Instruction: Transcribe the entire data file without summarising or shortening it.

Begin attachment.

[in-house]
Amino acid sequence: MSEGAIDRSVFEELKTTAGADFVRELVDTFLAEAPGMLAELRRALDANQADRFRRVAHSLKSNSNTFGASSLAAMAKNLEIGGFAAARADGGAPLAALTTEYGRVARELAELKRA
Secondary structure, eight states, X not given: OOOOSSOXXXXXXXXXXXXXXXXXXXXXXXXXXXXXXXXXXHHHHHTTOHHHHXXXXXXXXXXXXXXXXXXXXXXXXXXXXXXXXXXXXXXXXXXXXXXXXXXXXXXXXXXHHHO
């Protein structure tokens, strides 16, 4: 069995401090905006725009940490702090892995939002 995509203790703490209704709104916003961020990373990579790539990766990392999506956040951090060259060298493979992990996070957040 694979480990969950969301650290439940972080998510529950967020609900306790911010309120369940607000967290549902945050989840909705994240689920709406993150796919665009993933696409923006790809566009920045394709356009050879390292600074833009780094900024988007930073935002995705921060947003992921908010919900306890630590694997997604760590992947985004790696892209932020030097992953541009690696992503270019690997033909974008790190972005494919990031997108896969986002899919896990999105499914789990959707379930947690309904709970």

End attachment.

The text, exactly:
[in-house]
Amino acid sequence: MSEGAIDRSVFEELKTTAGADFVRELVDTFLAEAPGMLAELRRALDANQADRFRRVAHSLKSNSNTFGASSLAAMAKNLEIGGFAAARADGGAPLAALTTEYGRVARELAELKRA
Secondary structure, eight states, X not given: OOOOSSOXXXXXXXXXXXXXXXXXXXXXXXXXXXXXXXXXXHHHHHTTOHHHHXXXXXXXXXXXXXXXXXXXXXXXXXXXXXXXXXXXXXXXXXXXXXXXXXXXXXXXXXXHHHO
């Protein structure tokens, strides 16, 4: 069995401090905006725009940490702090892995939002 995509203790703490209704709104916003961020990373990579790539990766990392999506956040951090060259060298493979992990996070957040 694979480990969950969301650290439940972080998510529950967020609900306790911010309120369940607000967290549902945050989840909705994240689920709406993150796919665009993933696409923006790809566009920045394709356009050879390292600074833009780094900024988007930073935002995705921060947003992921908010919900306890630590694997997604760590992947985004790696892209932020030097992953541009690696992503270019690997033909974008790190972005494919990031997108896969986002899919896990999105499914789990959707379930947690309904709970």